We're not going to be dazzled by its looks come testing time, but for the moment…

There are black carbon bikes and there are black carbon bikes* but if If bike tests were beauty contests then the new Comtat Aristo would be heading for a perfect score even before we threw a leg over it. They're not though so although its classically restrained looks drew a chorus of appreciative oohs when it emerged from the box those looks won't be influencing us when it comes to the leg throwing over bit of its visit to road.cc towers. 

For the moment though we'll allow ourselves a bit of chin stroking and sighing… honestly this is one good looking bike. Possibly it's the thick lustre of the six clear coats of lacquer applied to the beautifully hand laid carbon… yeah okay, all carbon frames are laid up by hand but in this case form and function combine to particularly pleasing effect, well, if you like black carbon bikes they do. Through the lacquer you can see the way the weave changes at the points were the lugs meet the tubes. We like stuff like that. All those coats of lacquer also mean that the Aristo is one beauty whose looks shouldn't fade.


That's probably going to be important to you if you shell out for one because Comtat's 2011 bikes are considerably more expensive than last year's models. That's because Comtat have taken the decision to move their production a few thousand miles west from Taiwan to Italy in search of bespoke boutique quality. For 2011 the London-based outfit have teamed up with the frame building brains behind some of Italy's top high end brands. The result is a two bike range comprising the Aristo and the full custom Sartorial.

Billed as having performance every bit as smooth as its looks the Aristo is designed to be an all day riding bike, but it's also very much a performance machine. Comfort is very much in the mix but geometry is much more towards the racier end of the sportive spectrum and while it doesn't have the full on aggressive stance of an out and out race machine - it's certainly looks like something you'd be happy to race on.

We certainly don't expect Mat to be held back by the weight once he gets it out on the road: our complete bike built up with a full 11-spd Campag Chorus groupset and Fulcrum Racing 1 wheels grazed the road.cc scales at a mere 7.2Kg (15.8lb). The Italian theme continues in the rest of the finishing kit with Deda supplying Presa lightweight carbon bars, Zero stem, and Superzero carbon seat post, while the saddle is Selle Italia's SLR Carbonio. The only non-Italian bits of the bike are the Continental GP 4000 tyres and Comtat's own lightweight carbon bottle cages. That lot will set you back £3200 in its off the peg guise.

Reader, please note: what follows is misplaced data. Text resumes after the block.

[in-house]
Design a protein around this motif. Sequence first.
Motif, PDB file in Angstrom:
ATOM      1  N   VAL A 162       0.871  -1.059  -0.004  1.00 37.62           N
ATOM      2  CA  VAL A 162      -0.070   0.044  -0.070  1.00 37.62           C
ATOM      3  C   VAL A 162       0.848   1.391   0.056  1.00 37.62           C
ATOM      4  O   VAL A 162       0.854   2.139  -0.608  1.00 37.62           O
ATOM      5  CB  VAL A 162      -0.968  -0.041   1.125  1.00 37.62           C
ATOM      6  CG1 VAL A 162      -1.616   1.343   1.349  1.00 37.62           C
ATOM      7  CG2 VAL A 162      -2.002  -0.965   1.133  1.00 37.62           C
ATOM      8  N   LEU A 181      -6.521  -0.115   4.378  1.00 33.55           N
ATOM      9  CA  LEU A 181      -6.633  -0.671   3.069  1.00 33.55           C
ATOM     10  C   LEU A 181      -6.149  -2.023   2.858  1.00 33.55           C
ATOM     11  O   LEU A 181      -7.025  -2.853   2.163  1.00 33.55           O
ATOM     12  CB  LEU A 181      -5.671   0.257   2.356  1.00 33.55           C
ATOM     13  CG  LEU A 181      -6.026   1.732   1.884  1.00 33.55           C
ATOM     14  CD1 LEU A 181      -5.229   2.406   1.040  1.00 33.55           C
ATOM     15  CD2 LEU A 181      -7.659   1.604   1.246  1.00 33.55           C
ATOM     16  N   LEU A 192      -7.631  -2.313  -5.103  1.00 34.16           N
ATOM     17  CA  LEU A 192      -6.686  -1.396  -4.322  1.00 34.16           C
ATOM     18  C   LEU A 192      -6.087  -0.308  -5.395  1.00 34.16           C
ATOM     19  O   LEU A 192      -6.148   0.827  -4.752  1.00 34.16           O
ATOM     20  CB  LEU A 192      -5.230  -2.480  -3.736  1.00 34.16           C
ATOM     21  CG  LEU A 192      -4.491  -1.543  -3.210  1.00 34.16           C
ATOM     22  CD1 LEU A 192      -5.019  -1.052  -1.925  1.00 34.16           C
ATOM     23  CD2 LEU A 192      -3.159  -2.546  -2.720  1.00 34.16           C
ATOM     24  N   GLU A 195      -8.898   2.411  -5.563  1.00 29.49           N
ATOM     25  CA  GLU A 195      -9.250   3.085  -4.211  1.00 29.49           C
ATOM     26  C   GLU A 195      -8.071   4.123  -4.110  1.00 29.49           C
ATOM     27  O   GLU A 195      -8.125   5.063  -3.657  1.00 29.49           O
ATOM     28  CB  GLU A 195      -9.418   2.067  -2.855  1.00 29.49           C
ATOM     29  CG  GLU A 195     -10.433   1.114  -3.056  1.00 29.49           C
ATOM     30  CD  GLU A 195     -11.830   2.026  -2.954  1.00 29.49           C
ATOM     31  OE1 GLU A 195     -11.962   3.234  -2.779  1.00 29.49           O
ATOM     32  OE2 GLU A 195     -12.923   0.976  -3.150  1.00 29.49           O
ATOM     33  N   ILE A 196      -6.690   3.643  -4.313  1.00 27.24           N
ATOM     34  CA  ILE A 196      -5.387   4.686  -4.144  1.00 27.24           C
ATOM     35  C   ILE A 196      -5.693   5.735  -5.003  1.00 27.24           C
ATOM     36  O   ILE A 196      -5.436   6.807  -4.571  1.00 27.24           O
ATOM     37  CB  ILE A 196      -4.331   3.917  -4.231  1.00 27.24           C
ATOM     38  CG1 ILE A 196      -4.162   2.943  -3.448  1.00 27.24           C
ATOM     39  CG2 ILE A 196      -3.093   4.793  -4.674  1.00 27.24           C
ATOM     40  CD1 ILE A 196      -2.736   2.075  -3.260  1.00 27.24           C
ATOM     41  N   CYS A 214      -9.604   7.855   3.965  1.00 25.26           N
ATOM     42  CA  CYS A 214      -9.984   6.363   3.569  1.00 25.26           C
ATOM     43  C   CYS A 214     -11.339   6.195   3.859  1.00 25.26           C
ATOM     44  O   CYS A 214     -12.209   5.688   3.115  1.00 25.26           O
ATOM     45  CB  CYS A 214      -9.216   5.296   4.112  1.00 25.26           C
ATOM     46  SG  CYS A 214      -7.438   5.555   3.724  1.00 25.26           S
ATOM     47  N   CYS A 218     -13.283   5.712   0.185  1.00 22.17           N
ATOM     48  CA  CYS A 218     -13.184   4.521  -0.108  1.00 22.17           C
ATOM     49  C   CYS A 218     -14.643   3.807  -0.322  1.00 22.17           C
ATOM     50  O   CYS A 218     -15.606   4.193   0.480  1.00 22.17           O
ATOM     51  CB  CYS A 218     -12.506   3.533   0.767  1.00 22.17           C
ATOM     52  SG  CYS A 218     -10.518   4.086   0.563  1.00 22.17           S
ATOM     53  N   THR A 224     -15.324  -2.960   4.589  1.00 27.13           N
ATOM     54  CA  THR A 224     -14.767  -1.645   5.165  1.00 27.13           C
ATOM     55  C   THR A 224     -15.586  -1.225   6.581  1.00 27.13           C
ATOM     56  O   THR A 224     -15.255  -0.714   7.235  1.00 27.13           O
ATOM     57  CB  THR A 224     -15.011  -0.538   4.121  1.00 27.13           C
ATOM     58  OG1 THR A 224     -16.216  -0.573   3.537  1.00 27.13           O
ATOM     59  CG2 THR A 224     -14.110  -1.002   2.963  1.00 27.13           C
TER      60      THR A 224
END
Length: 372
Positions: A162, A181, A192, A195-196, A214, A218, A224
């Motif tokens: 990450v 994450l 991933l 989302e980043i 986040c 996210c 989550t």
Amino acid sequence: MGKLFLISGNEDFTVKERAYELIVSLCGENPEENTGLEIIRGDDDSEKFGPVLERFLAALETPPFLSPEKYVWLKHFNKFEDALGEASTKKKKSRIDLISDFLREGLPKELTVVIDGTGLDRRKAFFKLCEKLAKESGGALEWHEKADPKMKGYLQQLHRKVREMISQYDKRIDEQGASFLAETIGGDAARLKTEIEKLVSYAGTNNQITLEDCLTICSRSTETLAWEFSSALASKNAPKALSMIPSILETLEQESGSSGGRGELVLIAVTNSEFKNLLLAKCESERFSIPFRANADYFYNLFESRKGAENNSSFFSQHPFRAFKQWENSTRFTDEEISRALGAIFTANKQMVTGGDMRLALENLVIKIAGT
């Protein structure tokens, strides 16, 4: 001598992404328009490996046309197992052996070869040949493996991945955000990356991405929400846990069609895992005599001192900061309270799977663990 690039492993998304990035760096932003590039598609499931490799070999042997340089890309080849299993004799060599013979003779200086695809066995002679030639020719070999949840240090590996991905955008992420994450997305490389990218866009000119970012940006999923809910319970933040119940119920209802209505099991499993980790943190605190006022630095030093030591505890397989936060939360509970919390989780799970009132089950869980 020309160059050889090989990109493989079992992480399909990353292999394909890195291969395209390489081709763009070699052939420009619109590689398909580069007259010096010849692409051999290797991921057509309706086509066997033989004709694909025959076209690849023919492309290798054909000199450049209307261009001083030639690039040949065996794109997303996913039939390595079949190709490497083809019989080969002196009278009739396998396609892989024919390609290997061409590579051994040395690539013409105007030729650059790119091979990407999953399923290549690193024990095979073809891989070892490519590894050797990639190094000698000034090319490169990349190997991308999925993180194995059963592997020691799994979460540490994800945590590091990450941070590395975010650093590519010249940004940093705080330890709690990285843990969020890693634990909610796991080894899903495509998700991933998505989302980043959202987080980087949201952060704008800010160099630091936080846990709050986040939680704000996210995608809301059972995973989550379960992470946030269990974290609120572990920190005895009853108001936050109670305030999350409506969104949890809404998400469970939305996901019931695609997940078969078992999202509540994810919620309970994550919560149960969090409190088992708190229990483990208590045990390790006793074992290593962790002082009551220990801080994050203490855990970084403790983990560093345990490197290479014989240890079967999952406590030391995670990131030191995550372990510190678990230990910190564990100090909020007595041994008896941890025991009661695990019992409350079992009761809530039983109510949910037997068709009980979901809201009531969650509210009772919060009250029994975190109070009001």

As well as complete bike packages the Aristo is available as a frameset. The standard frameset is yours for £1599.99 (for the sake of saving some pixels let's call it £1600). For an extra hundred you can have the Aristo ISP with integrated seat post and for a penny short of £2000 you can have the custom option with a choice of standard or integrated seat posts and a free fitting session from Velosolutions which must be worth a few bob in its own right - that's where Mat got fitted for his custom made Viner Maxima. That is competitive pricing for a handmade custom carbon Italian frame.

At first sight the frame itself is a pretty classic affair, and for the most part those looks aren't deceptive, there's no fancy dan assymetric head tube here, or BB30 bottom bracket (although that is an option if you opt for the custom route) no a la mode internal cable routing either, although it does come with some classy looking Nokon cables (okay, chalk up another non-Italian component). Tubes are round and construction is lugged – although we aren't talking big old chunky lugs here, instead say Comtat secret Italian skills are deployed in the autoclave where the tubes are bonded together under such pressure that the resin is forced out and the carbon becomes melded together as one hence the change in pattern that can be seen through the laquer at the point where the tubes join – this system sounds similar to the carbon to carbon system used by Trek.

While everything looks suitably restrained and classic up front the rear triangle dares to be different with some beautifully sculpted seat and chainstays which, Comtat tell us, aren't there just to look good. The idea is to add extra control in fast corners to minimise the chances of the back end stepping out to that end the chainstays in particular change profile radically from the mid section to the rear where they flare and flatten horizontally from the rounder front section, not something I can remember seeing before. It sounds like an interesting idea and I'm sure Matthew will enjoy chucking it in to plenty of corners in the coming weeks.

*If black carbon isn't your thing there will also be an anthracite and white version available soon.

Plucked from the obscurity of his London commute back in the mid-Nineties to live in Bath and edit bike mags our man made the jump to the interweb back in 2006 as launch editor of a large cycling website somewhat confusingly named after a piece of navigational equipment. He came up with the idea for road.cc mainly to avoid being told what to do… Oh dear, issues there then. Tony tries to ride his bike every day and if he doesn't he gets grumpy, he likes carbon, but owns steel, and wants titanium. When not on his bike or eating cake Tony spends his time looking for new ways to annoy the road.cc team. He's remarkably good at it.